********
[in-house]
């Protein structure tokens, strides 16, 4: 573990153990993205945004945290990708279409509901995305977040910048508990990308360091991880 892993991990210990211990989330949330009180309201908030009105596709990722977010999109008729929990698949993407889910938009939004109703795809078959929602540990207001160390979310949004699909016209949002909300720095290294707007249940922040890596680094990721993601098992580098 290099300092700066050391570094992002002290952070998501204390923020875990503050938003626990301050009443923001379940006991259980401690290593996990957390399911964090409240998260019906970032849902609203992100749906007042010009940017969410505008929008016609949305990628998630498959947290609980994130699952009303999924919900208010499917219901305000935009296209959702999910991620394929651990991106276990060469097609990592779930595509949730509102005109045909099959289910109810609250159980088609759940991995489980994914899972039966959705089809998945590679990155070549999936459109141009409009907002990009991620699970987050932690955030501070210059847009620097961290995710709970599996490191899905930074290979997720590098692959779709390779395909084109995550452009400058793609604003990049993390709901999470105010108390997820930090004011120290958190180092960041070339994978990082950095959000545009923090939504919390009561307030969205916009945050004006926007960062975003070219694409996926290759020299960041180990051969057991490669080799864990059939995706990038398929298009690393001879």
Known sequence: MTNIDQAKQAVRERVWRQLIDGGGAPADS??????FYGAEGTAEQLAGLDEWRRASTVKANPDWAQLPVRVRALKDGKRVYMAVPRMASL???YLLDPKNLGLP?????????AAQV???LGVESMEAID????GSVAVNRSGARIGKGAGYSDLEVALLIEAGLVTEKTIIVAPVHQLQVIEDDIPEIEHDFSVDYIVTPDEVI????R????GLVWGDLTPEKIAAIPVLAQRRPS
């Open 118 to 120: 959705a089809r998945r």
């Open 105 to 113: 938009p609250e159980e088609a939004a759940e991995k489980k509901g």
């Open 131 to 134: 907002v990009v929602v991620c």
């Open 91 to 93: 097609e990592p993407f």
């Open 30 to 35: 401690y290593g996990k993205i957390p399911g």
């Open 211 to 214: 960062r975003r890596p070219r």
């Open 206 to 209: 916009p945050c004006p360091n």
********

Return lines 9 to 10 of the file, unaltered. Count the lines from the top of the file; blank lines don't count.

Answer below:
């Open 211 to 214: 960062r975003r890596p070219r």
């Open 206 to 209: 916009p945050c004006p360091n």